This seemed so easy at first but everything I know seems to be wrong again.
Looking at PAQ's the consensus seems to be that EXEC does not start an implicit transaction, you can test this doing :
create procedure usp_foo as begin select @@trancount; end go exec usp_foo;
which returns 0.
If you however step through this with the T-SQL debugger @@Transaction is in fact 1 inside the procedure according to the watch, although it does return 0 ...
So I think this is a side-effect of the debugger, but then I write some code to test it, do an update in a table and then select max (id) out the, the classic :
create table nextid ( id int ) insert into nextid values (0) create procedure nextid as BEGIN UPDATE nextid set id = id + 1 select max(id) from nextid END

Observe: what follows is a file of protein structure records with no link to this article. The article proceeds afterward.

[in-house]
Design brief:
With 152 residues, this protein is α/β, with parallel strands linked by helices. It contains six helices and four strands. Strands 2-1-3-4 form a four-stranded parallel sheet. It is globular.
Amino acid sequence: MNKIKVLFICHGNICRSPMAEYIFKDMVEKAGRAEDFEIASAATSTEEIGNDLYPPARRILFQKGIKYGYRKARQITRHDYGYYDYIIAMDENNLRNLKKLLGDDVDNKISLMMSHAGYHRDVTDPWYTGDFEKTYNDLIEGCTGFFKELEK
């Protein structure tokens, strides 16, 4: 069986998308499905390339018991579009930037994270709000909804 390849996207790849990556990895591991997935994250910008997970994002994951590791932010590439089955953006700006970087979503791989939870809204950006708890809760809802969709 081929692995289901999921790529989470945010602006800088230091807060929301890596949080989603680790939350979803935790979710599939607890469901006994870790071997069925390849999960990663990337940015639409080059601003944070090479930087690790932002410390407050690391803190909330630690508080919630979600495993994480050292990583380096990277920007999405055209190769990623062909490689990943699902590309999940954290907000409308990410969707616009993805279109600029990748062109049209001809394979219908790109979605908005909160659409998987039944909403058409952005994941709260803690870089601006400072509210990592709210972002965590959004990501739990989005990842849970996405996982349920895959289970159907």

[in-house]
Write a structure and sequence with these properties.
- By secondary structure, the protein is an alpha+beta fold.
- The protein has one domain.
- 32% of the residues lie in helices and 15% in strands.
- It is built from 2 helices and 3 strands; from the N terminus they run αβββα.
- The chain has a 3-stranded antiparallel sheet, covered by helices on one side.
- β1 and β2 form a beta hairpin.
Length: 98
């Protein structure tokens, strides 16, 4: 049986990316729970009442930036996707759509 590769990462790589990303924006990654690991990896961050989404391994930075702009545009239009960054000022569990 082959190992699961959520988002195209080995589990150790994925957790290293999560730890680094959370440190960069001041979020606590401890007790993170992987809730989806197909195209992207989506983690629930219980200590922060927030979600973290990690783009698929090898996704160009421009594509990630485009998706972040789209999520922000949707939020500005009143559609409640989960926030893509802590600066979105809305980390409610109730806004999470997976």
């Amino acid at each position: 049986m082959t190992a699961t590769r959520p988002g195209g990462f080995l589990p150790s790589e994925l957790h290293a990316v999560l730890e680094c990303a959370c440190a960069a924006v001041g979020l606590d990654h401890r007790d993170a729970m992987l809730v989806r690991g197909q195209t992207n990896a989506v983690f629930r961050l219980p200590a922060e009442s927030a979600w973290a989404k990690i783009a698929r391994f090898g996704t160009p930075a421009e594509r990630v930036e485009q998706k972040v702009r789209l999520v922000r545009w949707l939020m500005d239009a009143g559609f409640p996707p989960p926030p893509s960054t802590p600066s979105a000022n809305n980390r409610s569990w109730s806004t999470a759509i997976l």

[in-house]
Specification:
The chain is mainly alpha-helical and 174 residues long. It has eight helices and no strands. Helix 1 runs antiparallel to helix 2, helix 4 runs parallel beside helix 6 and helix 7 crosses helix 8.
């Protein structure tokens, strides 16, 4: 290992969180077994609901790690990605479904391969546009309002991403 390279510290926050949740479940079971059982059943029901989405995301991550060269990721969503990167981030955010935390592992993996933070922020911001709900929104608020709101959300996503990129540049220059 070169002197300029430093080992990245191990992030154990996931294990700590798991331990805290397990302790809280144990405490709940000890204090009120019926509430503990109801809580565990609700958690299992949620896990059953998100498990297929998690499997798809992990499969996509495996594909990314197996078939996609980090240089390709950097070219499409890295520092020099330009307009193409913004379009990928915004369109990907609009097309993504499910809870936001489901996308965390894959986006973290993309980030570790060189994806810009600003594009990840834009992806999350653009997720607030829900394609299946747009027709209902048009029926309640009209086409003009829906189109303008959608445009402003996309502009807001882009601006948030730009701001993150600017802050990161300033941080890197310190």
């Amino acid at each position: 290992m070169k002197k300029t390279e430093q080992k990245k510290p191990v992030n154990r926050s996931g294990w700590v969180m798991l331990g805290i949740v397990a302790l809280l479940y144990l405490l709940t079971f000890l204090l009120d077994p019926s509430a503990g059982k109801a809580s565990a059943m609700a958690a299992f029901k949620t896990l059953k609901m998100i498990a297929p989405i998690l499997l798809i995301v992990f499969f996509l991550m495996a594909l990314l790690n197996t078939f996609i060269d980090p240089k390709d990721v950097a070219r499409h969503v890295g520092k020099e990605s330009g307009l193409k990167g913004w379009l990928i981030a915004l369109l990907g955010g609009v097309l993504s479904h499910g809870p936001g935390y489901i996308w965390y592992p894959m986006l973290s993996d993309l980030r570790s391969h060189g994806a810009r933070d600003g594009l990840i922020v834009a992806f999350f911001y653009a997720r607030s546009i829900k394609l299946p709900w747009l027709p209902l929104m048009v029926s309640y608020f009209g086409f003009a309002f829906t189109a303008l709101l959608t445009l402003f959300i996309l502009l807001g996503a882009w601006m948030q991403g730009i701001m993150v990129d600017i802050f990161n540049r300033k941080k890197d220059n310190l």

So I am expecting this to give out duplicate id's as executed in parallel 2 updates can complete before the 2 selects fetching the last id and returning the same value, but try as I might hitting it from multiple machines I cannot make it break. When monitoring the locks and transactions on the machine it reports that the exec is happening in a transaction and importantly, all the statements inside the exec are treated as one unit of work/one transaction.
I would understand if the update was in a transaction and this was the cause of the lock, but the lock seems to remain until after the select.
If I trace with profiler I can see that a transaction ID is provided for the entire execution of the EXEC statement, and transaction ID is not 0 as I would expect while executing ...
Can someone please explain to me where I am missing the plot or am I wrong and it is in fact safe to generate ID's like that?